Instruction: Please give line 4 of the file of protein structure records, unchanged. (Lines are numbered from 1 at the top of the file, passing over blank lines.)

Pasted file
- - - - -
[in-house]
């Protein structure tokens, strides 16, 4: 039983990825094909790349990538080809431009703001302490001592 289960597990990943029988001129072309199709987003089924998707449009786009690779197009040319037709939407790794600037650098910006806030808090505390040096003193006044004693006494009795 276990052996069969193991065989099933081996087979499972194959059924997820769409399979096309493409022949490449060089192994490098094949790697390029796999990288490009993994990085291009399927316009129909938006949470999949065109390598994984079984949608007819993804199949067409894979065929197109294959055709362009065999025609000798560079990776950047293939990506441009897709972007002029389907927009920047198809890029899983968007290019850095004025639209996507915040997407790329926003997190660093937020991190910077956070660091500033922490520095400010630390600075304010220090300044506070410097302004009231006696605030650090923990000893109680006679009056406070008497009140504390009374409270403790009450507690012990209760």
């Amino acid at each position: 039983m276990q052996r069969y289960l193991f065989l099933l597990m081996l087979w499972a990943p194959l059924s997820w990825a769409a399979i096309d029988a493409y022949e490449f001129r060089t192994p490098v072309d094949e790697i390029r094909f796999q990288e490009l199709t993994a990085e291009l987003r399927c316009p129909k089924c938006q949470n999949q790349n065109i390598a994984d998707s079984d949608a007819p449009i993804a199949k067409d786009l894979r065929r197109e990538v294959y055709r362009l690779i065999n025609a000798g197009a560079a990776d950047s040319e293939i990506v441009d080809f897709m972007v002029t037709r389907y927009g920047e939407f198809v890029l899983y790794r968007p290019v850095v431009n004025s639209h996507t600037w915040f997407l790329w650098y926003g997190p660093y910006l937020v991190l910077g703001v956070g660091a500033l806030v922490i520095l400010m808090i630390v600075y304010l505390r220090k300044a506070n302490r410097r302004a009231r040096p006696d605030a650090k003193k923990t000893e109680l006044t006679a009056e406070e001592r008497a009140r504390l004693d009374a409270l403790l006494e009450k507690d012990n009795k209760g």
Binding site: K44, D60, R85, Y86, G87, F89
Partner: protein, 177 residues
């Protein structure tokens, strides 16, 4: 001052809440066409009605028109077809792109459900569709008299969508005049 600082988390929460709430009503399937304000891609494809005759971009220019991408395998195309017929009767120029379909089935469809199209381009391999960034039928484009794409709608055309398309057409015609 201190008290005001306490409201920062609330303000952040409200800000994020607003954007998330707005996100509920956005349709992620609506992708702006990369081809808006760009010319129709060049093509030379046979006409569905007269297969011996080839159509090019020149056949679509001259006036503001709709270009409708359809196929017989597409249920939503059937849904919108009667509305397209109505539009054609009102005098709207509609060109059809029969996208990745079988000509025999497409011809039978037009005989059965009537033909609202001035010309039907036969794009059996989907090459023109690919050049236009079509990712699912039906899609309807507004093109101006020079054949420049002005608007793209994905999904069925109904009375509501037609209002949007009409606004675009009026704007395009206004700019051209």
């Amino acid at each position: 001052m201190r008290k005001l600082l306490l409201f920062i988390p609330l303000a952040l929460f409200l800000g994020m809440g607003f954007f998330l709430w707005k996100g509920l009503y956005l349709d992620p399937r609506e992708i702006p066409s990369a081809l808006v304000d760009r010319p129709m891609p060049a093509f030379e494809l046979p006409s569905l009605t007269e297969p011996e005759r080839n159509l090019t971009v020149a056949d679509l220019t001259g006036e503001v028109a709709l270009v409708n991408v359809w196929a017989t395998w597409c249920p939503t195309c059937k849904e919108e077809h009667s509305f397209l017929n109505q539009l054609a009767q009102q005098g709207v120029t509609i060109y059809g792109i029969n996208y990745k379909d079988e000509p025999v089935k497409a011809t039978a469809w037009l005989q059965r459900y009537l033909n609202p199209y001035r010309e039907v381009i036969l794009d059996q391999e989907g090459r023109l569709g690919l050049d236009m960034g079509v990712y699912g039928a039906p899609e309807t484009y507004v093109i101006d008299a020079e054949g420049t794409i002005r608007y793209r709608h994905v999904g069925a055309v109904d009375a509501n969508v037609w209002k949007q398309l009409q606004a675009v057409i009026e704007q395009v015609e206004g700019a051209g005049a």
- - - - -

Binding site: K44, D60, R85, Y86, G87, F89